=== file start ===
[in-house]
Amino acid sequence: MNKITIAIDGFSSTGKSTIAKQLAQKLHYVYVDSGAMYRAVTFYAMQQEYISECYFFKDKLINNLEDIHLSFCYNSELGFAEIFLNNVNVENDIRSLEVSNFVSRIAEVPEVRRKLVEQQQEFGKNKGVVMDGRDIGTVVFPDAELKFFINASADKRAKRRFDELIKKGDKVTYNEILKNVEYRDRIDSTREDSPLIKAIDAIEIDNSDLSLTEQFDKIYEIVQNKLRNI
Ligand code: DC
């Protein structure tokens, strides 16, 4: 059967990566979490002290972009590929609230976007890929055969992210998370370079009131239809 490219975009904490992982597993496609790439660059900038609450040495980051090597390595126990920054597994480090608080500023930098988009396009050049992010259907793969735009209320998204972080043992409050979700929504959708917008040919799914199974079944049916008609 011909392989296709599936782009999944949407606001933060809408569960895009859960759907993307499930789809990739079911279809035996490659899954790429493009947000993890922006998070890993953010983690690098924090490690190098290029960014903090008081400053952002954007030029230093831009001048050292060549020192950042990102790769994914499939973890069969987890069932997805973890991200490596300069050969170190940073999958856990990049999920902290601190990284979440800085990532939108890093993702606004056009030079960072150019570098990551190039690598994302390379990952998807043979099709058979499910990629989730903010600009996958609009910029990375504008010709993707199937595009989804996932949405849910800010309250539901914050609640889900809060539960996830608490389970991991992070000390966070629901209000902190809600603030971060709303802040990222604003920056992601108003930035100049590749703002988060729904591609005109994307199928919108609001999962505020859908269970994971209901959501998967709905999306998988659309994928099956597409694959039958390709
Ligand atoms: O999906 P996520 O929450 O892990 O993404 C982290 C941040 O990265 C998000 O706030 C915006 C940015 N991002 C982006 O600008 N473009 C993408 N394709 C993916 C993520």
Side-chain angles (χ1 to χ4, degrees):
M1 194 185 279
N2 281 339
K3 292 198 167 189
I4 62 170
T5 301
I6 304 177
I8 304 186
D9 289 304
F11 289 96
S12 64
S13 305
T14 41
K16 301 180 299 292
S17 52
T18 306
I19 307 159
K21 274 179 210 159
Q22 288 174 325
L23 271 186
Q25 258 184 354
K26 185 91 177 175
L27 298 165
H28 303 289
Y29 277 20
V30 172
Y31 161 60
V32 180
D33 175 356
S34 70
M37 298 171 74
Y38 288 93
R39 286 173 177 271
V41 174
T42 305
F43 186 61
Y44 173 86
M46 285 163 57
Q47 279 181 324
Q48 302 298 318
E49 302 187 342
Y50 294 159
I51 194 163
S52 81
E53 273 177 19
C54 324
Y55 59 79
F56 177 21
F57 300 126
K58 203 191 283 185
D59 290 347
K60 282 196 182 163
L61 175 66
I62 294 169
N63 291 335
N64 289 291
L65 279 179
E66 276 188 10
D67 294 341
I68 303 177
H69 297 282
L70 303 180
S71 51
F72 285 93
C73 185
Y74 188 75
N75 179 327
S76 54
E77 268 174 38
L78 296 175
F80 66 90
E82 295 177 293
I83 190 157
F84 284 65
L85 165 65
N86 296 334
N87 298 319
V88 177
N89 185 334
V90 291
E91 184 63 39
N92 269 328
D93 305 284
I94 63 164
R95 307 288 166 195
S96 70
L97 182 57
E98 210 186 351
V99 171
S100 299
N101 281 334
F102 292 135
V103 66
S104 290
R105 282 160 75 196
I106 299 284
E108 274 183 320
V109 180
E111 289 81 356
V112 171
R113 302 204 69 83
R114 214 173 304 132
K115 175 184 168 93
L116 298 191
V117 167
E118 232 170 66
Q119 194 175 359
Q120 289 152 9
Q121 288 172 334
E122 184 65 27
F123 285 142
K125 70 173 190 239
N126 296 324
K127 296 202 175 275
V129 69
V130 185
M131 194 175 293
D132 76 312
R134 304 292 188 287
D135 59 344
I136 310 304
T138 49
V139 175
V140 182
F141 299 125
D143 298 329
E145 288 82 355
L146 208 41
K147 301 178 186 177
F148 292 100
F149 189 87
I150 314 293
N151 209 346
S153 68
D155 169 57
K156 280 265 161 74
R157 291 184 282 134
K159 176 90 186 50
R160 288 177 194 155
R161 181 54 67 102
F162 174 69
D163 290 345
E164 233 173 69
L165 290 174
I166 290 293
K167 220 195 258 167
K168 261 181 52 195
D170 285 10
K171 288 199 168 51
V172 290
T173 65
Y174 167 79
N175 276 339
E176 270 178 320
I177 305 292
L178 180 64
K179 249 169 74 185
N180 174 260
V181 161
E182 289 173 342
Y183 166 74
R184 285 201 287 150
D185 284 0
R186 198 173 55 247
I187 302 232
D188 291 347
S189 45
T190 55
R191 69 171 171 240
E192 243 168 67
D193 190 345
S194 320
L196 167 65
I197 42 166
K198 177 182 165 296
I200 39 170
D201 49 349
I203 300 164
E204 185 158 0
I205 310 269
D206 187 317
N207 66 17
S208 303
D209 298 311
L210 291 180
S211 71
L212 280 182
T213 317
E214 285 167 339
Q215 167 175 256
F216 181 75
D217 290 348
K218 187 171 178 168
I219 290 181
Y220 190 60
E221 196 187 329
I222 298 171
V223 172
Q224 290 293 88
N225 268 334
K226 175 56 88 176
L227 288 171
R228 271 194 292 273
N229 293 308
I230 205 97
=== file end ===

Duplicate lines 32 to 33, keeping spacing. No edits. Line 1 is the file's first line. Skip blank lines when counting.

Y31 161 60
V32 180